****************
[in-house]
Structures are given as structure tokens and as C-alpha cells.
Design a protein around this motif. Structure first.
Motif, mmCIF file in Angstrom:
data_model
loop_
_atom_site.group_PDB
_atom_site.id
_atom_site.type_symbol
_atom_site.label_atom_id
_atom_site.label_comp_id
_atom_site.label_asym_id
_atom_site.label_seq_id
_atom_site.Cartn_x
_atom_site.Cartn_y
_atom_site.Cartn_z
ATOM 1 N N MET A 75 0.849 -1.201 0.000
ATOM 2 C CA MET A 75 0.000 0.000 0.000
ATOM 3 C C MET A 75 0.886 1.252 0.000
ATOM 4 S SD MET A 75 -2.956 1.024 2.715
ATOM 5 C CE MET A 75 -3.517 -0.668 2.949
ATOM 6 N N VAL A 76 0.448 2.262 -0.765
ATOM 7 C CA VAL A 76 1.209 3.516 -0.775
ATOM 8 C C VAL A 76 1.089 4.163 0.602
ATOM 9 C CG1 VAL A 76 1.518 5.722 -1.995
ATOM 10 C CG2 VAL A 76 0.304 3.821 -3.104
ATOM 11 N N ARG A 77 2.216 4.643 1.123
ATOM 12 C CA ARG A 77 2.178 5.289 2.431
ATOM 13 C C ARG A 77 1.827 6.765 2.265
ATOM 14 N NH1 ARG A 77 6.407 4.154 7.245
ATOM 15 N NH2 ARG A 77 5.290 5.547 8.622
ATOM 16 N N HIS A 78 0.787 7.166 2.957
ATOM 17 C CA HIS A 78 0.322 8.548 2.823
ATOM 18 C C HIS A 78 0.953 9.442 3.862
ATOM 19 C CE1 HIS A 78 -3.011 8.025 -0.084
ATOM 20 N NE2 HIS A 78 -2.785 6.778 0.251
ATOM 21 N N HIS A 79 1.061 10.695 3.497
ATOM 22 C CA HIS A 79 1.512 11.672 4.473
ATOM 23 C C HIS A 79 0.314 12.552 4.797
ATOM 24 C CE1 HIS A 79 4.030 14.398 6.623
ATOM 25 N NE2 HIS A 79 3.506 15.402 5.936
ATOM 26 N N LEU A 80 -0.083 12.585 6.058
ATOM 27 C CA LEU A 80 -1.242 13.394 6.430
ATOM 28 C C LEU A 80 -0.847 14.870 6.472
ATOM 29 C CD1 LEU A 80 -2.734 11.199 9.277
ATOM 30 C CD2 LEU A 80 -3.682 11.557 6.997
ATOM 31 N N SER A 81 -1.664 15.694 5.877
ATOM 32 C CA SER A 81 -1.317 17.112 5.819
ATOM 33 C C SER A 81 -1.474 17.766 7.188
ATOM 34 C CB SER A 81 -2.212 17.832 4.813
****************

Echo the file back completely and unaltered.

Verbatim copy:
[in-house]
Structures are given as structure tokens and as C-alpha cells.
Design a protein around this motif. Structure first.
Motif, mmCIF file in Angstrom:
data_model
loop_
_atom_site.group_PDB
_atom_site.id
_atom_site.type_symbol
_atom_site.label_atom_id
_atom_site.label_comp_id
_atom_site.label_asym_id
_atom_site.label_seq_id
_atom_site.Cartn_x
_atom_site.Cartn_y
_atom_site.Cartn_z
ATOM 1 N N MET A 75 0.849 -1.201 0.000
ATOM 2 C CA MET A 75 0.000 0.000 0.000
ATOM 3 C C MET A 75 0.886 1.252 0.000
ATOM 4 S SD MET A 75 -2.956 1.024 2.715
ATOM 5 C CE MET A 75 -3.517 -0.668 2.949
ATOM 6 N N VAL A 76 0.448 2.262 -0.765
ATOM 7 C CA VAL A 76 1.209 3.516 -0.775
ATOM 8 C C VAL A 76 1.089 4.163 0.602
ATOM 9 C CG1 VAL A 76 1.518 5.722 -1.995
ATOM 10 C CG2 VAL A 76 0.304 3.821 -3.104
ATOM 11 N N ARG A 77 2.216 4.643 1.123
ATOM 12 C CA ARG A 77 2.178 5.289 2.431
ATOM 13 C C ARG A 77 1.827 6.765 2.265
ATOM 14 N NH1 ARG A 77 6.407 4.154 7.245
ATOM 15 N NH2 ARG A 77 5.290 5.547 8.622
ATOM 16 N N HIS A 78 0.787 7.166 2.957
ATOM 17 C CA HIS A 78 0.322 8.548 2.823
ATOM 18 C C HIS A 78 0.953 9.442 3.862
ATOM 19 C CE1 HIS A 78 -3.011 8.025 -0.084
ATOM 20 N NE2 HIS A 78 -2.785 6.778 0.251
ATOM 21 N N HIS A 79 1.061 10.695 3.497
ATOM 22 C CA HIS A 79 1.512 11.672 4.473
ATOM 23 C C HIS A 79 0.314 12.552 4.797
ATOM 24 C CE1 HIS A 79 4.030 14.398 6.623
ATOM 25 N NE2 HIS A 79 3.506 15.402 5.936
ATOM 26 N N LEU A 80 -0.083 12.585 6.058
ATOM 27 C CA LEU A 80 -1.242 13.394 6.430
ATOM 28 C C LEU A 80 -0.847 14.870 6.472
ATOM 29 C CD1 LEU A 80 -2.734 11.199 9.277
ATOM 30 C CD2 LEU A 80 -3.682 11.557 6.997
ATOM 31 N N SER A 81 -1.664 15.694 5.877
ATOM 32 C CA SER A 81 -1.317 17.112 5.819
ATOM 33 C C SER A 81 -1.474 17.766 7.188
ATOM 34 C CB SER A 81 -2.212 17.832 4.813